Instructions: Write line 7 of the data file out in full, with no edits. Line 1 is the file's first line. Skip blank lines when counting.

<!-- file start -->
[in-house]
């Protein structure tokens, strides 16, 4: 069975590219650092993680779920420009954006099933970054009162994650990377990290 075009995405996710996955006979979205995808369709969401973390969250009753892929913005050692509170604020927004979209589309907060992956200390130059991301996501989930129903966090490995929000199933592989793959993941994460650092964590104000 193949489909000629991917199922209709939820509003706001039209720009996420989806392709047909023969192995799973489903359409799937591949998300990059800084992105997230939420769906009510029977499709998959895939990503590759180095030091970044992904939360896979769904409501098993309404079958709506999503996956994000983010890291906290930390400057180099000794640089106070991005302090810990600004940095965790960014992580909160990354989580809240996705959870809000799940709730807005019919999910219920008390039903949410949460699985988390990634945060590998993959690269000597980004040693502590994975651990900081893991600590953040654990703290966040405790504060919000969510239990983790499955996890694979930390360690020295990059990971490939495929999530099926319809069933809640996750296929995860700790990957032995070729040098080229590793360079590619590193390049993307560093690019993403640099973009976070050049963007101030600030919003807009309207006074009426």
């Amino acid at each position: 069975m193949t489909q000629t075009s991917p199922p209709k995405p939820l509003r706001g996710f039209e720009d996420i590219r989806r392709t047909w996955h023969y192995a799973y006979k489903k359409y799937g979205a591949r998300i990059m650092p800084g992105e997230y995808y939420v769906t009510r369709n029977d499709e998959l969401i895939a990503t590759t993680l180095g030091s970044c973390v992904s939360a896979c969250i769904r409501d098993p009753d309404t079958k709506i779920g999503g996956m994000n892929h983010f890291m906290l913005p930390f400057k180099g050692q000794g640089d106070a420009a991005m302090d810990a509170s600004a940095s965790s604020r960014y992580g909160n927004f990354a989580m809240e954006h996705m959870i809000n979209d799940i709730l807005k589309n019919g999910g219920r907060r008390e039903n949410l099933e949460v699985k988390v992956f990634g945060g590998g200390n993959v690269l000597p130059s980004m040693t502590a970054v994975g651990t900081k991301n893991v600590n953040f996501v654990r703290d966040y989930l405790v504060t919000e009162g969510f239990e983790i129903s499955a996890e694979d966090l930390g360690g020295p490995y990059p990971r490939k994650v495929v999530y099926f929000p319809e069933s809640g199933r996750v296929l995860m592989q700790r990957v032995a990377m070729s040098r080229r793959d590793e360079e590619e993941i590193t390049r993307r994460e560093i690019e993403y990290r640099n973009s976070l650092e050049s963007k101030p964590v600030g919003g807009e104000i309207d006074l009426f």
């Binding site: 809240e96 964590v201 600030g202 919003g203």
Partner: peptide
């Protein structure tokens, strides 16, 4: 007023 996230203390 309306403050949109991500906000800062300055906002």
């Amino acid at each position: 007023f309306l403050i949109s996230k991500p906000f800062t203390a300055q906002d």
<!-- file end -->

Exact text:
């Amino acid at each position: 007023f309306l403050i949109s996230k991500p906000f800062t203390a300055q906002d």